Some cats love company. Some cats don’t. Introducing your existing cat to a new pet can feel like a stressful time for everyone, but there are a few things you can do to help make the process as smooth as possible.
Here’s what our experienced vets want you to know about bringing home a new pet when you already have a cat.
Before You Decide to Get Another Pet…
The preparation phase actually starts before you decide whether or not to bring a new pet home. It’s important to ask yourself some tough questions about your existing cat. Is she sociable? Is she generally pretty go-with-the-flow? Does she love other cats but hate dogs? Is she advanced in age and very set in her ways?
If you do think your cat is ready for another pet or would specifically benefit from having a playmate, carefully consider what kind of pet makes the most sense. Cats and dogs may have a reputation for being at odds, but some cats are actually more territorial around other cats than animals of other species.
- A shy, skittish cat is a bad match for a rambunctious puppy
- A lazy cat who likes to be entertained may be a good fit for a kitten
- A cat who previously lived with other cats will match best with an existing cat
Only you know what your cat can handle. If she’s an all-day sleeper, a highly-active, vocal second pet is going to turn her whole existence upside down. At the end of the day, if you think introducing a new pet into your cat’s world will reduce rather than enhance her quality of life, think twice.
Preparing to Bring the New Pet Home
Before you bring a new cat or dog home, prepare your house. Set aside a space in the house specifically for the new pet, preferably far away from the area your cat has already marked as her own. This area is where you should store the new pet’s bedding, and toys, and even food and water (for the time being.) The space should also have a couple of “hiding” spots available if the new pet should need some time to retreat. If you’re bringing home a new cat, you might want to get a second litter box so each cat has her own.
If it’s possible, you can swap blankets or other clothing items with each animal’s scent before the big day. Pheromones are really important to cats and yours will adjust better if she recognizes the smell that comes home with you on The Big Day.
Whether you’re bringing home a puppy or kitten, be sure they’ve been fully vaccinated for worms and other communicable diseases before they come home!
Bringing a New Pet Into Your Cat’s Home
The day is finally here! Try and create a calm and collected atmosphere before you leave to pick up the new pet. Play with your cat to tire her out a bit and assure her you’ll always love her just the same! Don’t bring your current cat with you in the car to pick up the new pet; this just confuses things.
Introducing Your Cat to a New Dog
Cats are generally pretty wary of dogs, usually because dogs are much stronger, larger, and louder than felines. Even in the best of circumstances, it’s probably going to take several weeks or even months for your cat to warm up to the idea of adding a dog to the family; expect her to sulk, hide, and generally act very e tu, Brute!? for quite a while.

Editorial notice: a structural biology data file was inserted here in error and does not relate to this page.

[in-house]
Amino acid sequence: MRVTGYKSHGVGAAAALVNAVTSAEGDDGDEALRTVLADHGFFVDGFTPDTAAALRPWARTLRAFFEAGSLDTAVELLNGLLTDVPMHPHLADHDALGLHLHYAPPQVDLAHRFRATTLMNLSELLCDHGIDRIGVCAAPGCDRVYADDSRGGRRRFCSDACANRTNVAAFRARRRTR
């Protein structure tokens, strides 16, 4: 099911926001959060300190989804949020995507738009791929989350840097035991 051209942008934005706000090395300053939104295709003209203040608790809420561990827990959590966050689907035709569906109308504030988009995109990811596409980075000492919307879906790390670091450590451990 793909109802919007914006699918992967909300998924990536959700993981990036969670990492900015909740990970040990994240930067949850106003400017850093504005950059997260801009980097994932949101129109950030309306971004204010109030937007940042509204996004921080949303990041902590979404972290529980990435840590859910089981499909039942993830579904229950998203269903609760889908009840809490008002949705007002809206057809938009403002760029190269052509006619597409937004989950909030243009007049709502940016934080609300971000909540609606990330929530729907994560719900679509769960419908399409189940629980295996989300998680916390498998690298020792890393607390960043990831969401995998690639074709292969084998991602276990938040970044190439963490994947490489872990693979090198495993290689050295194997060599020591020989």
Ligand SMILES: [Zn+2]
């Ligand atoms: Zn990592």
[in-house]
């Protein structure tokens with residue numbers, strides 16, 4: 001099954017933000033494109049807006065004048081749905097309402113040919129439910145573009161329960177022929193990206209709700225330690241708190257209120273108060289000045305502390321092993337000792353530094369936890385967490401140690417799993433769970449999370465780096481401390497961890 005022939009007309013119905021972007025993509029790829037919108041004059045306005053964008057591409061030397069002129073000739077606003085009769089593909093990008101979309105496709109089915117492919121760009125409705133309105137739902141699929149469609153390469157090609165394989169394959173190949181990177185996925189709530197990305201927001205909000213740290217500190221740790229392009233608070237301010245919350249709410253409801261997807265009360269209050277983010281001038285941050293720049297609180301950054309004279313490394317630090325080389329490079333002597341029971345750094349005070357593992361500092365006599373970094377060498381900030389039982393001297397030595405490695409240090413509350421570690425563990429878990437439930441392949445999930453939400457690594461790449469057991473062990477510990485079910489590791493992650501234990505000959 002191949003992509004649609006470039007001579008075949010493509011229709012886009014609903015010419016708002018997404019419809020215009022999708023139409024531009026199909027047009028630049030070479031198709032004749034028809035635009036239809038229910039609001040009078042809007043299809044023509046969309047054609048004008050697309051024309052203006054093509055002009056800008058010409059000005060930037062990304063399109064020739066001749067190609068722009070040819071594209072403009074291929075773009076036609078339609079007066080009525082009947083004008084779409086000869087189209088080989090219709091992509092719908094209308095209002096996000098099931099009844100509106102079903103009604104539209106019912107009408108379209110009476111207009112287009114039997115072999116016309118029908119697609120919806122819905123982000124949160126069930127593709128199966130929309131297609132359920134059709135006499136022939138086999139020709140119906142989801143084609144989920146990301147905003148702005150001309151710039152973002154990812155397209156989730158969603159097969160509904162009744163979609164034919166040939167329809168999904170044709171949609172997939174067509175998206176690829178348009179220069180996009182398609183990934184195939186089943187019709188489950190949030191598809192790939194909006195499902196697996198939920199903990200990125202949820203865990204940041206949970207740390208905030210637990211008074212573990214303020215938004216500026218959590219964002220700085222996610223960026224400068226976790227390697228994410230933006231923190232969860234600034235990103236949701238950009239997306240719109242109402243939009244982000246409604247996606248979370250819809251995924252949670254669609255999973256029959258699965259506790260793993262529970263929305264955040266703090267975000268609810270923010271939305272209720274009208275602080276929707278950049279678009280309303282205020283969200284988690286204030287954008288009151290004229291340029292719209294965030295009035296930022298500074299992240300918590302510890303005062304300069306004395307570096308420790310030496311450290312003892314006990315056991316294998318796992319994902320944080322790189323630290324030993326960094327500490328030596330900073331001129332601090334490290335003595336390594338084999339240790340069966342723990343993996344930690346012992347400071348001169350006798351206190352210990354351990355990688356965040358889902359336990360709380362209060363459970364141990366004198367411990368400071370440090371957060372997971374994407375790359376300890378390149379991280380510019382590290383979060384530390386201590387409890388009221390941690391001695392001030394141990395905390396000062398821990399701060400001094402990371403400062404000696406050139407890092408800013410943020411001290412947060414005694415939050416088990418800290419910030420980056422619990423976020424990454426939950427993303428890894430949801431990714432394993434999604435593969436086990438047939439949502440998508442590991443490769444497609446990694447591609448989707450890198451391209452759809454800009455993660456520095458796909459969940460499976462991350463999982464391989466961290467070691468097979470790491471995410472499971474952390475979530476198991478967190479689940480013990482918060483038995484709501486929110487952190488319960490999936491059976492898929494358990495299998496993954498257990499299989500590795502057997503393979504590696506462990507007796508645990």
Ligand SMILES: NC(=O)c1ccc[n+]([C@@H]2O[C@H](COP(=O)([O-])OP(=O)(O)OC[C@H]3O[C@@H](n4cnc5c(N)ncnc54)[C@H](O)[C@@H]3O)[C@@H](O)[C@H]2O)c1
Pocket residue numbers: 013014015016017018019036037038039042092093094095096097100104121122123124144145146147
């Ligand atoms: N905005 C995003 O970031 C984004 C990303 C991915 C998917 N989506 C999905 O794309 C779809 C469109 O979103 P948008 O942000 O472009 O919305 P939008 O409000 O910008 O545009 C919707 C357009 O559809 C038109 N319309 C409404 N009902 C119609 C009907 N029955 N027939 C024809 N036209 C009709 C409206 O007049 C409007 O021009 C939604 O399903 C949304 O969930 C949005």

Before you bring the dog inside, allow your cat to sniff something with the dog’s scent on it if you haven’t already. Take your cat into her safe spot – preferably a room with a door or somewhere else the dog can’t access – and play with her calmly for a few minutes. When you let the dog inside, your cat will probably “hide” somewhere in her safe place for a while until the dog calms down. Eventually, take the dog on a walk so your cat can “smell” the dog around the house without the threat of the dog himself.
Over time, allow both pets freedom to roam but keep your dog nearby to pet him soothingly and reward him with treats while he’s calm. Do not force either animal to “meet” the other; they’ll do this on their own time. Don’t leave the pets alone together until you’ve had at least a week of incident-free interactions. Allow bonding to take place at your cat’s preferred speed.
Introducing Your Cat to a New Cat
When you first bring the new cat home, take her straight into her new “private” area. (It’s helpful to have two people involved in this part of the process!) Spend at least 30-60 minutes playing with the new cat in her space so she can get acclimated. If possible, have someone else simultaneously playing with or petting your existing cat to assure her everything’s fine.
The next step is to let the cats smell each other through a closed door. Watch the cats as they investigate each other and note any signs of aggression or apprehension. If either cat becomes aggressive, separate them and try again in a few hours or even the next day. It may take several days for the cats to relax around one another…remember it’s a process!
In the beginning, everything might need to be done separately. Over time, your cats will learn to live with one another in some capacity and will hopefully become friends! It usually takes 6-12 months for two cats to truly form a bond to one another. If it’s been more than a month and or or both cats are still showing signs of aggression, talk to your vet about whether or not cohabitation is the most responsible option.
Need more help? Adding a new animal to the family can be a big adjustment. Talk to your vet about what she recommends you do given the specific temperament of your cat. There’s no question too small!